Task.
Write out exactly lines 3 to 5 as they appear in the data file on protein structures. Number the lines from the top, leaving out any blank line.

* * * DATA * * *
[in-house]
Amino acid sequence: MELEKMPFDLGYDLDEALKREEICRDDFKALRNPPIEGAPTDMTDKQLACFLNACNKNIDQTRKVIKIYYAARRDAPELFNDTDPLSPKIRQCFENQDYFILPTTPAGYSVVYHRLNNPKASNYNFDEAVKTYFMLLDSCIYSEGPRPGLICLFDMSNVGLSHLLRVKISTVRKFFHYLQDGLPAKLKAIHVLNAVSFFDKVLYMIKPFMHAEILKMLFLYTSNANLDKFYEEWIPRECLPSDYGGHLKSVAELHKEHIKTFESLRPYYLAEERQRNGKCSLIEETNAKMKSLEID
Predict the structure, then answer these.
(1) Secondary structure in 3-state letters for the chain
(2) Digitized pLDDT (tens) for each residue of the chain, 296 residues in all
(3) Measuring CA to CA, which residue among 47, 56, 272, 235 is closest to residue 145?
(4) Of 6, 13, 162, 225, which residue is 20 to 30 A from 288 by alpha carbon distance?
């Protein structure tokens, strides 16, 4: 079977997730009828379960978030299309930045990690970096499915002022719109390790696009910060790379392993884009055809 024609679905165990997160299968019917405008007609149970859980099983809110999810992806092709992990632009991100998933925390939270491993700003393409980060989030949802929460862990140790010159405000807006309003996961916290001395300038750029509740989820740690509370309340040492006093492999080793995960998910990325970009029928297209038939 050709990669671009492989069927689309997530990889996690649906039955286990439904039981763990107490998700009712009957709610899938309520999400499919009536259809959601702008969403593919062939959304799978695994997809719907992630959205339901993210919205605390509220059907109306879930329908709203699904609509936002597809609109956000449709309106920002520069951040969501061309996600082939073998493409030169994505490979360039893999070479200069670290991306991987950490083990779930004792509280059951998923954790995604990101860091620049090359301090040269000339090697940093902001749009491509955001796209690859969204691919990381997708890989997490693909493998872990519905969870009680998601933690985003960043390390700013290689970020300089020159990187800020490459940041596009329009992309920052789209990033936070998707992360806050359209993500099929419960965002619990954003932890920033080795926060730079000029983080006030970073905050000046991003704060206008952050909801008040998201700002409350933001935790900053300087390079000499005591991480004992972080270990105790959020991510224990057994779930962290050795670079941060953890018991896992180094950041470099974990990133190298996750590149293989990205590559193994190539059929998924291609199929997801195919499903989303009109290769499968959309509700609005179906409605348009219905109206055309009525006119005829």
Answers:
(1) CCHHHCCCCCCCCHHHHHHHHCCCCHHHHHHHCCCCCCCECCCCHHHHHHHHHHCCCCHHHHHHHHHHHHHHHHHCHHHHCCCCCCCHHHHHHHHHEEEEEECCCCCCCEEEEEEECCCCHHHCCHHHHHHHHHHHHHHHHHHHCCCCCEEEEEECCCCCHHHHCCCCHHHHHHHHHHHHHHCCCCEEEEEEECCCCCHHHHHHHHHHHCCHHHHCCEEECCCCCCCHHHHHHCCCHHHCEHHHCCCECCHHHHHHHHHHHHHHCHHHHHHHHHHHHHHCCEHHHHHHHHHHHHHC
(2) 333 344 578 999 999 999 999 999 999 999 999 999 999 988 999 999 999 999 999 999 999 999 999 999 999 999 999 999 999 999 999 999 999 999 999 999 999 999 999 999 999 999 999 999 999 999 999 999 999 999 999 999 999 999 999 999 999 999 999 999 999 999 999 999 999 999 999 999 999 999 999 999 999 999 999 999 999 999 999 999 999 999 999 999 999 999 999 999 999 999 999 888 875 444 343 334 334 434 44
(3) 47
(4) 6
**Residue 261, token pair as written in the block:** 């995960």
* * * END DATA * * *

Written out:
Predict the structure, then answer these.
(1) Secondary structure in 3-state letters for the chain
(2) Digitized pLDDT (tens) for each residue of the chain, 296 residues in all